Plants, like animals, use endogenous signaling molecules to coordinate their own physiology and development. One such molecule in plants is the hormone auxin and recent research has implicated auxin and its polar transport, together with the WOX transcription factors, in regulating embryo patterning and development in angiosperms (flowering plants), the most diverse group of land plants. No extensive investigation of this has been carried out on the more evolutionary distant gymnosperms, the other major taxa of seed plants. Thus, in this thesis I, together with my co-authors, have analyzed the regulation of embryonic pattern formation in the coniferous gymnosperm Picea abies (Norway spruce) using seed and somatic embryos. Conifers are important forestry species and knowledge of their embryology is vital for reforestration programs, where the method of somatic embryogenesis is employed for mass propagation as well as it is used as a model system for embryo development.

Mature spruce embryos display a basic body plan and contain a shoot apical meristem (SAM), cotyledons, hypocotyl, embryonic root and a root apical meristem (RAM), with the meristems generating differentiated cells for organ formation. Treatment of embryos with a polar auxin transport (PAT) inhibitor produce embryos with poor SAM and, in some cases, fused cotyledons. Thus, PAT is essential for the correct patterning of conifer embryos. In angiosperms, PAT is mainly established and maintained by members of the auxin efflux facilitator PIN-FORMED (PIN) family. I isolated a PIN homologue (PaPIN1), of high abundance in conifer tissues, that is localized, together with auxin, to the epidermis of precotyledonary spruce embryos and upregulated as well as delocalized from the epidermis in early PAT inhibited embryos. Since also auxin concentration seems to decrease in the epidermis of these embryos, my data indicate that local auxin accumulation in the epidermis is mediated by PIN-dependent auxin transport.

Further, I investigated WOX genes in conifers and isolated two homologues, PaWOX2 and PaWOX8/9, that are expressed throughout spruce embryo development. Their expression profile suggests involvement in cell proliferation and specification, and, indeed, they both serve as markers for conifer somatic embryogenesis. The expression of PaWOX2 and PaWOX8/9 overlap with PaPIN1 in differentiating vascular tissue (procambium) of spruce embryos and is also upregulated in early PAT inhibited embryos. Thus, PaWOX2, PaWOX8/9, and PaPIN1 may all act together in procambium differentiation. With this, I conclude that a common mechanism, involving PAT and WOX, regulate embryo pattern formation in seed plants. Results in post-embryonic tissue imply a common mechanism regulating pattern formation also here.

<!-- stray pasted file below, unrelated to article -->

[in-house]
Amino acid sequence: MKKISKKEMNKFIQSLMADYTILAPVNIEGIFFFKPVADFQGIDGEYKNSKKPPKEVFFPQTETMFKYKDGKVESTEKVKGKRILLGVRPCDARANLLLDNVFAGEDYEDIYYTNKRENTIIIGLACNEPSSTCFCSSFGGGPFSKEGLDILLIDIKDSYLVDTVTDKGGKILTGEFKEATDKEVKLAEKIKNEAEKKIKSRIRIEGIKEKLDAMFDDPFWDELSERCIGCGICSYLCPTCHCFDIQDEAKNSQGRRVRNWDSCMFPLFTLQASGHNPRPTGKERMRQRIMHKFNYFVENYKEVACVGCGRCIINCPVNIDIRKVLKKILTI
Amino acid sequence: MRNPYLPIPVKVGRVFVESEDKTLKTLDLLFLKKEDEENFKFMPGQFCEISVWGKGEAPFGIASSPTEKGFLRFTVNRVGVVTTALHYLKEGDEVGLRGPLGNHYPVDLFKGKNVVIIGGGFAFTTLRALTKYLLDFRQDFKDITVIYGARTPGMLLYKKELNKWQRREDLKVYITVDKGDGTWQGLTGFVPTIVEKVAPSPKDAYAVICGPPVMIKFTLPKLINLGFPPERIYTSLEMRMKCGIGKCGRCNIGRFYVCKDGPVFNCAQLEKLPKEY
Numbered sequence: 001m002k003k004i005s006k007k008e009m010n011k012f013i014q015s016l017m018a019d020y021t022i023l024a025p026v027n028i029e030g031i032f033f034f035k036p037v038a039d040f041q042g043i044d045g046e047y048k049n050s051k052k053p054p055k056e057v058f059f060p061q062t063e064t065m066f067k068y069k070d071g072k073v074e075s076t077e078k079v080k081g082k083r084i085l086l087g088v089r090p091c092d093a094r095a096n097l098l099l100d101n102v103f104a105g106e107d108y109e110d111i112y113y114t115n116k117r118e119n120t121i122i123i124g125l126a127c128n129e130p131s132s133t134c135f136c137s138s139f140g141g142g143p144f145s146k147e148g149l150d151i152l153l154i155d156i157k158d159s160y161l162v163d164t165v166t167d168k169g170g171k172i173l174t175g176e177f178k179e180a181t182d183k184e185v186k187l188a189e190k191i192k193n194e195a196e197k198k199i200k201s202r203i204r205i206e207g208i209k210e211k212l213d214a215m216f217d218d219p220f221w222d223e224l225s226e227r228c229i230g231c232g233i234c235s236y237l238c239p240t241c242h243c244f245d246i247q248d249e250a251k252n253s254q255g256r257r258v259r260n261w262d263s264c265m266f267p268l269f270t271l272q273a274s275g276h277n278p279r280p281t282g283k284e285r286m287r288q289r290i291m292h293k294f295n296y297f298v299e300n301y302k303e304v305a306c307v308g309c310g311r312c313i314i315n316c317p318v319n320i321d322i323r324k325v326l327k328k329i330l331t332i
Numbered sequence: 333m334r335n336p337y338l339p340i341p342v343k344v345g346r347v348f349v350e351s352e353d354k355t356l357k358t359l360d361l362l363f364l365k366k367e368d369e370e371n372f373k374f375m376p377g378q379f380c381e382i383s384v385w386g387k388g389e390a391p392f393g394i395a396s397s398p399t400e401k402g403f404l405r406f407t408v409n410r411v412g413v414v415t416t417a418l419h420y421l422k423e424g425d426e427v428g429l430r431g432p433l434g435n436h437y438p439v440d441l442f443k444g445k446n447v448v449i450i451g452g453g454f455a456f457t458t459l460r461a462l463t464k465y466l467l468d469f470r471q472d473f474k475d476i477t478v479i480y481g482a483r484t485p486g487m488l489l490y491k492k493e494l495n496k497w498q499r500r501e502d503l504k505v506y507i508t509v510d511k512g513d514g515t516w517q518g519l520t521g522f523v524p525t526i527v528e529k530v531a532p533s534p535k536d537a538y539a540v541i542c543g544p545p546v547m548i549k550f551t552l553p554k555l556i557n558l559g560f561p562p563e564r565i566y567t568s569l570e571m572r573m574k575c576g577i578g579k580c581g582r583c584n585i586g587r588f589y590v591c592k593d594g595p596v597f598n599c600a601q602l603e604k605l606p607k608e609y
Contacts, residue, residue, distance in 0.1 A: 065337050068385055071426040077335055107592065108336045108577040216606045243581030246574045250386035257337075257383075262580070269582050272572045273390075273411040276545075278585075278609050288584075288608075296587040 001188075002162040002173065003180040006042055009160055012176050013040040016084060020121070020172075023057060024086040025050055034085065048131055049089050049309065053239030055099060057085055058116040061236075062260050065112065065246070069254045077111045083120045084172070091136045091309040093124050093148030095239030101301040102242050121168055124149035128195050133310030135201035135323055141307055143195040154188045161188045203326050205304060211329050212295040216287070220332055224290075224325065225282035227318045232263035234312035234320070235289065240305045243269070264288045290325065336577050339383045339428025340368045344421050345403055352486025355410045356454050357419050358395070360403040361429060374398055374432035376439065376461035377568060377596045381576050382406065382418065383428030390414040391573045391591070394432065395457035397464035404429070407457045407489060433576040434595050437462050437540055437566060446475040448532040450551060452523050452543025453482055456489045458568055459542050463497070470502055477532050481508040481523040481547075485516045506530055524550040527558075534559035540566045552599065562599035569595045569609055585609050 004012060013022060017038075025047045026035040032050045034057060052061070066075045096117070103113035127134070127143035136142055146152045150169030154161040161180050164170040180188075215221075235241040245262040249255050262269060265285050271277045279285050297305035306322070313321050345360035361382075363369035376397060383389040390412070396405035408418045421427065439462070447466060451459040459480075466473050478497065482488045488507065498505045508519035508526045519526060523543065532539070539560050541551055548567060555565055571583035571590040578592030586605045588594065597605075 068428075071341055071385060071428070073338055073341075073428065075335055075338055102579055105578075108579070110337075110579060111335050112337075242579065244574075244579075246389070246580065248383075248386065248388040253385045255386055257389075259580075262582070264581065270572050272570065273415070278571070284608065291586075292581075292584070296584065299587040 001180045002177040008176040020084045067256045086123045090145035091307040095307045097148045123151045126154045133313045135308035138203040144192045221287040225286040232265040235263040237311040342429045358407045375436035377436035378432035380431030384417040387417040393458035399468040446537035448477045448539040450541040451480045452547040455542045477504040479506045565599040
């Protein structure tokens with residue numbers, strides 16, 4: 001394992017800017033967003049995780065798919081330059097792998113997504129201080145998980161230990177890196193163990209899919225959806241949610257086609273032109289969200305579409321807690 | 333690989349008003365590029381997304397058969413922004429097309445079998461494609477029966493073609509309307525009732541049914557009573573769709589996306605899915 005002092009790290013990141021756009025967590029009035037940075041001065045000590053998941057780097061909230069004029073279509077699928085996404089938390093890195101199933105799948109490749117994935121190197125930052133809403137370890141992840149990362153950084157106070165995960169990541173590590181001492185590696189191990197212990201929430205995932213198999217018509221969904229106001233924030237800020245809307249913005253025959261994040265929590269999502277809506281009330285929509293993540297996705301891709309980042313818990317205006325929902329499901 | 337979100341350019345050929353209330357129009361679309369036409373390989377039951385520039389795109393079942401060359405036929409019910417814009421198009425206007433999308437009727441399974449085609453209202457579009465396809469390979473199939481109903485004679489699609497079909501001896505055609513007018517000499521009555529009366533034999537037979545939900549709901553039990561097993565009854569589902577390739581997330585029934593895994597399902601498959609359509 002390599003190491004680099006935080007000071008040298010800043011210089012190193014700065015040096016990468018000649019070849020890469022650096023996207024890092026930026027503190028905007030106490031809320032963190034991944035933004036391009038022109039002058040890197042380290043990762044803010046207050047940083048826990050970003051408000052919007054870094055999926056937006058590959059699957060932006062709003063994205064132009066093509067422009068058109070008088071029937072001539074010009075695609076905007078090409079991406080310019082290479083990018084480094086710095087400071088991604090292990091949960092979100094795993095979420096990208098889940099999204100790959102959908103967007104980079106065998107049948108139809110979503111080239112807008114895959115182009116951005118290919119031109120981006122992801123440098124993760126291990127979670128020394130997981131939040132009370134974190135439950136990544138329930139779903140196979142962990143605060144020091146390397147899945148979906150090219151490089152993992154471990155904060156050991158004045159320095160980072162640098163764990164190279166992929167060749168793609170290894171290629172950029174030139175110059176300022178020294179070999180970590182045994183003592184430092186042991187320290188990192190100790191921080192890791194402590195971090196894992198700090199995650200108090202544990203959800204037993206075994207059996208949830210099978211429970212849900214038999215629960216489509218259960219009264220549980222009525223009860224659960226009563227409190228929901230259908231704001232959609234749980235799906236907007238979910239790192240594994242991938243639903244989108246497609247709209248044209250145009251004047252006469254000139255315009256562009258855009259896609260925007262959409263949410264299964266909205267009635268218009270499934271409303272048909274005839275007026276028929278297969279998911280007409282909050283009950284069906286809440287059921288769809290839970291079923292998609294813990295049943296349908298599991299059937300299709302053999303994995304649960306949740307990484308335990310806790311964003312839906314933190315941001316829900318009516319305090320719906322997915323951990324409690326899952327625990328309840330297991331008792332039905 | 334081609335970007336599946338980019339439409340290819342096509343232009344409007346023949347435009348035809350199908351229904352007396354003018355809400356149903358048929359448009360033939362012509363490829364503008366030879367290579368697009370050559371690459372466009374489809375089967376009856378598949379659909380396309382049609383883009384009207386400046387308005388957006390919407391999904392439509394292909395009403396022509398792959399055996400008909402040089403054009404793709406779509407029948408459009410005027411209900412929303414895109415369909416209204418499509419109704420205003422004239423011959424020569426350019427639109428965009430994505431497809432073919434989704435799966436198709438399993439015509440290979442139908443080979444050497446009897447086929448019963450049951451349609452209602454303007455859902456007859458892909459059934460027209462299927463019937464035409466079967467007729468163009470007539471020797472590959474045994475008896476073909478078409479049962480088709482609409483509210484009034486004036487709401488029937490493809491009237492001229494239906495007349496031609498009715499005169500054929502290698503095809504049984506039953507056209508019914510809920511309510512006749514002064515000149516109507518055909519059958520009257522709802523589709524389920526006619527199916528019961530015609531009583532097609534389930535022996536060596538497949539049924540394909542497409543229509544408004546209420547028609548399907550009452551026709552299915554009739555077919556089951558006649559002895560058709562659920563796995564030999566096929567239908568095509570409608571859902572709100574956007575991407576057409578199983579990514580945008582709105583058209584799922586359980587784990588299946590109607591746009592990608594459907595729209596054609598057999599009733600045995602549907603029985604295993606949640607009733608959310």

Place, publisher, year, edition, pages
Kalmar/Växjö: Linnaeus University Press, 2010
Series
Linnaeus University Dissertations ; 10/2010
National Category
Botany
Research subject
Natural Science, Cell and Organism Biology
Identifiers
urn:nbn:se:hik:diva-2932 (URN)978-91-86491-12-3 (ISBN)
Public defence
2010-04-16, Hörsalen Fullrigaren, Landgången 4, Kalmar, 09:30 (English)
Opponent
Supervisors
Available from: 2010-04-09 Created: 2010-03-01 Last updated: 2014-05-12Bibliographically approved

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Publisher's full textScopushttp://treephys.oxfordjournals.org/cgi/reprint/tpp126v1

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Palovaara, JoakimHallberg, HenrikHakman, Inger